I'm surprised there wasn't any comparison to the Kel Tec Sub2000, which is VERY similar

Clean the chamber especially well

The Kel Tec Sub2K doesn't feature easily changed calibers, but it folds into a smaller, more efficient package. Price is similar, and also takes Glock mags.

It is MILES ahead of the sub2000 in craftsmanship and performance (I have on in 9mm)

Actually, you could just about purchase two SUB-2000s (one in 9mm and one in .40 S&W) for the price of one complete Aero survival rifle in one caliber and a barrel in another caliber.

Sub2k, though, kinda sucks for bigger/teller folks; at least it did for me; I could not get a sight picture on its irons because it just wasn't tall enough. Perhaps with a bit of afterple by getting one of those rotating foregrips and either a long eye relief or red-dot sight), but stock I'd take a crappy trigger (which the Sub2K has as well) over a gun I couldn't even get a sight picture with. I was also shocked by how snappy firing the Sub2k felt, but that may have been because I was holding the barest bottom part of the butt to the very topmost bit of my should in desperate hope of getting something like a sight picture.

I have the ASR in 10mm. I work in L.E.

and carry it instead of an AR.....I put an EOTech sight on mine and dating zwembad in uw jaren '40 hit 2-3 inch groups at 125 yards.....I have fired around 500 – 600 rounds so far...It is my favorite “patrol” carbine. The trigger does need an upgrade and I am going to work on that next.

i Had my 10mm aero shipped with the match trigger installed. there's no creep or over travel – just lay your finger and it goes off at 2 lbs & 15 ounces. It's better than my Z5 and better than the M I carried.

What tinkering did you do to get it running reliably? I have an older model I bought used that doesn't usually get through a mag without a jam.

Just more lube and putting rounds downrange until she broke in. I could make an analogy but I will leave it at that. The tinkering was mainly a reference to adjusting the allen screw that adds tension to the barrel ratchet.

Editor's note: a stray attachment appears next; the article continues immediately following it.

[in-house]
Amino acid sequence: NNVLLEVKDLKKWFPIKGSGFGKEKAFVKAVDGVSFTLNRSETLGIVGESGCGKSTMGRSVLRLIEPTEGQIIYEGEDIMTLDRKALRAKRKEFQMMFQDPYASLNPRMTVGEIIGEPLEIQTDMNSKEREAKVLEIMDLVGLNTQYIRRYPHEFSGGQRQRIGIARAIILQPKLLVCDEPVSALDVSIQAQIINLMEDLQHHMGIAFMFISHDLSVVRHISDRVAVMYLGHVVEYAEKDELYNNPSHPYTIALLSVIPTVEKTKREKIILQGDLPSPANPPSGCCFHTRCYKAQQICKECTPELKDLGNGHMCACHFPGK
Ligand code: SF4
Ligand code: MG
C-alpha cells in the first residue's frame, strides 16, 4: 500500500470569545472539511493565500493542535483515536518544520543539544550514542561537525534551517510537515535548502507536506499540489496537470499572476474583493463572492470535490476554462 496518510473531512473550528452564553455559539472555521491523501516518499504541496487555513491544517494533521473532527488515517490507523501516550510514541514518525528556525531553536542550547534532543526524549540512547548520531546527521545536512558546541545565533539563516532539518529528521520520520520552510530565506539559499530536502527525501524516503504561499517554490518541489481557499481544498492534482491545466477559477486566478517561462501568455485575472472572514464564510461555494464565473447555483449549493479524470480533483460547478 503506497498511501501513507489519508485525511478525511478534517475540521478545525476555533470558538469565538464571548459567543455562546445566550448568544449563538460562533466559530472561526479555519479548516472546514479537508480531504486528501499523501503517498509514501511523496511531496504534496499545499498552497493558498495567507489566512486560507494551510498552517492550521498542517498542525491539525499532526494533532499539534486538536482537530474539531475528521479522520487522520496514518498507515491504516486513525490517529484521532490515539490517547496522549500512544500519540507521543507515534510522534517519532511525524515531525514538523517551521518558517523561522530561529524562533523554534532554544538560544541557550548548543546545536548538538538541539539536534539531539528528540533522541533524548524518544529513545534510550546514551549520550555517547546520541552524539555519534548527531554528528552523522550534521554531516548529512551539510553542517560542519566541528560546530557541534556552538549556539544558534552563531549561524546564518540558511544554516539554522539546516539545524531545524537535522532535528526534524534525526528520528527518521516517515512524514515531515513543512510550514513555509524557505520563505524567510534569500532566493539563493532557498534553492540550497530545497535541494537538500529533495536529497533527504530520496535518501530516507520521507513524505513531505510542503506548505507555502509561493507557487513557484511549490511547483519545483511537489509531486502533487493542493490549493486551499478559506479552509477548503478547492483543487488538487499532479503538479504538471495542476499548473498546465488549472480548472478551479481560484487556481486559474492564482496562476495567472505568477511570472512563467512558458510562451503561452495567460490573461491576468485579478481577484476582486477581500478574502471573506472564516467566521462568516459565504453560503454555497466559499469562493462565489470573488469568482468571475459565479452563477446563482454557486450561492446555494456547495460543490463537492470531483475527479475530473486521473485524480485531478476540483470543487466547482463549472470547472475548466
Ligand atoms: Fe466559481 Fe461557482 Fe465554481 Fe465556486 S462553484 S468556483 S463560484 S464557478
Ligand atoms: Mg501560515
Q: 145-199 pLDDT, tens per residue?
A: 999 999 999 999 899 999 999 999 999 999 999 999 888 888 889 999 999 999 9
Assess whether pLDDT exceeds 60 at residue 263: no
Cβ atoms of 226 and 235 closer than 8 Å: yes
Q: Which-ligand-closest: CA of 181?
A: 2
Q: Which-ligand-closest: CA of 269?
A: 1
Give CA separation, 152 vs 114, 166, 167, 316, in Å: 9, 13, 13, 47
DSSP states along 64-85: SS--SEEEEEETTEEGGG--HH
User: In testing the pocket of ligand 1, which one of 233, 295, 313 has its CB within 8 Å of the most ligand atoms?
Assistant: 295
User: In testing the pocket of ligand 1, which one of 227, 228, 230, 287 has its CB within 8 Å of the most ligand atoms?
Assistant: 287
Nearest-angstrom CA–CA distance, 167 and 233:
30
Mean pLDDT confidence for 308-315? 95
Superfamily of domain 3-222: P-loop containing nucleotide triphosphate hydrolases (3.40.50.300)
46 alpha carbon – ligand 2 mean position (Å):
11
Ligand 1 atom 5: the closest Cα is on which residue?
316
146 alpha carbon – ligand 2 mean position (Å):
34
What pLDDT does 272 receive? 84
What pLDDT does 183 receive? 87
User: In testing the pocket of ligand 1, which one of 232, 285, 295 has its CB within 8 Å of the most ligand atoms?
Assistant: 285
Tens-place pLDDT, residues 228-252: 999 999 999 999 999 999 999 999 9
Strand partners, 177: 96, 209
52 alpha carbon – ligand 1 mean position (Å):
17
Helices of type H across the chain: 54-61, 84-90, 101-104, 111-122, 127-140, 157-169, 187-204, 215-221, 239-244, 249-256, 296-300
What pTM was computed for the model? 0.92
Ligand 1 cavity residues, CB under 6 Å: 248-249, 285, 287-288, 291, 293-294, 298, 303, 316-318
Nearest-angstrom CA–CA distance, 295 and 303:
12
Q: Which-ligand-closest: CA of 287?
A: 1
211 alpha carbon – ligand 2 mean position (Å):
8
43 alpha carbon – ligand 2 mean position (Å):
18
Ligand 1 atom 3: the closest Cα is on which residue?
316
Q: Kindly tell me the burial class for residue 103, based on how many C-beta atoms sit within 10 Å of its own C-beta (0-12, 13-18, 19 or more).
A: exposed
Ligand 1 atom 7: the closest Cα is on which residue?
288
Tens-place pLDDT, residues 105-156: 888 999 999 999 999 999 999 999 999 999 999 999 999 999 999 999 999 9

Also, install the match trigger, polish the feed ramp and the other parts that move against each other, use one type of bullet and weight, adjust the buffer spring and make sure the charging handle does not does not hit the end of it's channel ( put a bit of modeling clay in the rear of the charging channel and fire the rifle – it will tell you if the charging handle is bottoming out.

There isn't a whole lot that can go wrong on a blowback carbine, once it is broken in (500 rounds est.). Obviously start with a clean, well lubed gun. Swapping out ammo would be the next thing to try – alternate between hotter loads and mild pressure loads to see if the gun prefers one over the other. After that, the next culprit is typically magazines. Besides damaged feed lips, there is sometimes an issue of how the mag presents the round to the gun: If it is too low or not at the right angle, feeding problems can occur. Magazine springs are also a common source of problems. After that, I would start looking at extractor and spring replacement.

Totally disassemble the rifle, clean everything with break cleaner, polish the feed ramps and inside of the barrel, clean the firing pin channel. 600 grit on the buffer and bolt, then buff it and just about everything else, Keramik coat the bolt & buffer, inside the barrel & feed ramps, but not the chamber, adjust the buffer tube to insure proper buffer travel and coat the bolt and buffer with slide glide. Make up some dummy rounds to get the best OAL and install the TNW match trigger.